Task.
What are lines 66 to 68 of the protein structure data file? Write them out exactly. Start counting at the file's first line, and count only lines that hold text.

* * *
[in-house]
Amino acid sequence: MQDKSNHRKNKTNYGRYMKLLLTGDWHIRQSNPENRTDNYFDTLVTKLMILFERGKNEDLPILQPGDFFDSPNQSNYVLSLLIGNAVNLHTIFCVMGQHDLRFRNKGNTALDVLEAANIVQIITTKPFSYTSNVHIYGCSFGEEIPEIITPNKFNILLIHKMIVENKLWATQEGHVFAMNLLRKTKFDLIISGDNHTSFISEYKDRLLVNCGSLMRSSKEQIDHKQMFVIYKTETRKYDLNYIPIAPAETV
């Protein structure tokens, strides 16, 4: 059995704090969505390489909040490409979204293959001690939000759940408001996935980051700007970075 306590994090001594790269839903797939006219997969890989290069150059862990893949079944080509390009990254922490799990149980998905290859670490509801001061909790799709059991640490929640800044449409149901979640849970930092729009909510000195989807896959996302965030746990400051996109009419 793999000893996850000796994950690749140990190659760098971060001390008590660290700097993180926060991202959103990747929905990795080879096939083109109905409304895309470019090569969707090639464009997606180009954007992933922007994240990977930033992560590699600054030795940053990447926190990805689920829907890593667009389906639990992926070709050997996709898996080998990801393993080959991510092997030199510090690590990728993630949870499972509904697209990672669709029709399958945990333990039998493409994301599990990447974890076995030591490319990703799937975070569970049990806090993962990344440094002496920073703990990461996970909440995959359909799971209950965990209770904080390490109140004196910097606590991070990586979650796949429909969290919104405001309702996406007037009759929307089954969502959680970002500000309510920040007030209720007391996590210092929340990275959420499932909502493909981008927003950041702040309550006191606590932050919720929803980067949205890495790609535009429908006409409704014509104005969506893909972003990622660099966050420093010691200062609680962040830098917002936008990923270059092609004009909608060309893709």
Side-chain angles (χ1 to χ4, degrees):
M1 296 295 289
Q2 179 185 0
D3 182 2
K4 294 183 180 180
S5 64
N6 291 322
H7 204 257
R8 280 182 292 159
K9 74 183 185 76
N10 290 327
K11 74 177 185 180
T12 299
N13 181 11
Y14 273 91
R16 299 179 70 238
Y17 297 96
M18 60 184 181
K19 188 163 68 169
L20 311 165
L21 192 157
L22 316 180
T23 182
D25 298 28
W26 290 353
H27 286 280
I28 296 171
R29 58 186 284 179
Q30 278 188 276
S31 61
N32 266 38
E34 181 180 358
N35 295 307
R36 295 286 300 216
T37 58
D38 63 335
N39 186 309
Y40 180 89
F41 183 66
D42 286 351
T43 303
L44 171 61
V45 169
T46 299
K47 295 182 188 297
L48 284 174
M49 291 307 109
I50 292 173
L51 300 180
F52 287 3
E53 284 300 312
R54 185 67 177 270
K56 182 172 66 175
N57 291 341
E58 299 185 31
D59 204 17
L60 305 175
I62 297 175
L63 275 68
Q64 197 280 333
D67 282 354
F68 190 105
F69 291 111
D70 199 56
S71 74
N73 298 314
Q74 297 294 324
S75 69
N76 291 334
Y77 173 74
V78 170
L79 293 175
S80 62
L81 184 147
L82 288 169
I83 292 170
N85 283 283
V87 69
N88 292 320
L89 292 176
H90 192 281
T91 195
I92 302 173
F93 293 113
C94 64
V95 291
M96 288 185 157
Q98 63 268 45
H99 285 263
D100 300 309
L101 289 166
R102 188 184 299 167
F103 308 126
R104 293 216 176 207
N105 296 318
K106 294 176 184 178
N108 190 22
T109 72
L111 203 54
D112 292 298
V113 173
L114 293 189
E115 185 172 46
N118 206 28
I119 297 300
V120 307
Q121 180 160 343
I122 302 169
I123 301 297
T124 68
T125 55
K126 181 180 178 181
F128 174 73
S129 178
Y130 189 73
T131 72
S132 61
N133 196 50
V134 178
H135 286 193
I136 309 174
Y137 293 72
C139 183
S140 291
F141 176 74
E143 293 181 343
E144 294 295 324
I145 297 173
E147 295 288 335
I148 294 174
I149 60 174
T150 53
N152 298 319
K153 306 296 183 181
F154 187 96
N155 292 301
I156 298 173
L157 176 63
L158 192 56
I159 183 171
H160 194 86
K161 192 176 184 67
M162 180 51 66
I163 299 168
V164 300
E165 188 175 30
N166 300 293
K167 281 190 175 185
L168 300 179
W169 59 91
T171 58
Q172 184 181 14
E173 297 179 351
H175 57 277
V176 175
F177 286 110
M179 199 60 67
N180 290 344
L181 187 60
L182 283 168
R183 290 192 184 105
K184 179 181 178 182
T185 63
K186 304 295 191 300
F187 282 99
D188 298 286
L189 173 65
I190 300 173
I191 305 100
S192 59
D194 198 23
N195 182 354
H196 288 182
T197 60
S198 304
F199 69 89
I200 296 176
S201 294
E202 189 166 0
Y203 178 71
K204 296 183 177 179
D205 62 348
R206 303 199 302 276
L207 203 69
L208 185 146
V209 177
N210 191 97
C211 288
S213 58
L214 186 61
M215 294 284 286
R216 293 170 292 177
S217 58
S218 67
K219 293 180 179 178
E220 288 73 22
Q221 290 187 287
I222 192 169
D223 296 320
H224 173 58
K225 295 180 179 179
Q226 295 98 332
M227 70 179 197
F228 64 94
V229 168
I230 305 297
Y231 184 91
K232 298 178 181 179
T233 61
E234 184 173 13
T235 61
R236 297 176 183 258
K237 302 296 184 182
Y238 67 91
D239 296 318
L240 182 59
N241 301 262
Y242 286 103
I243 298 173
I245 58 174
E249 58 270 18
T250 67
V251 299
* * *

F69 291 111
D70 199 56
S71 74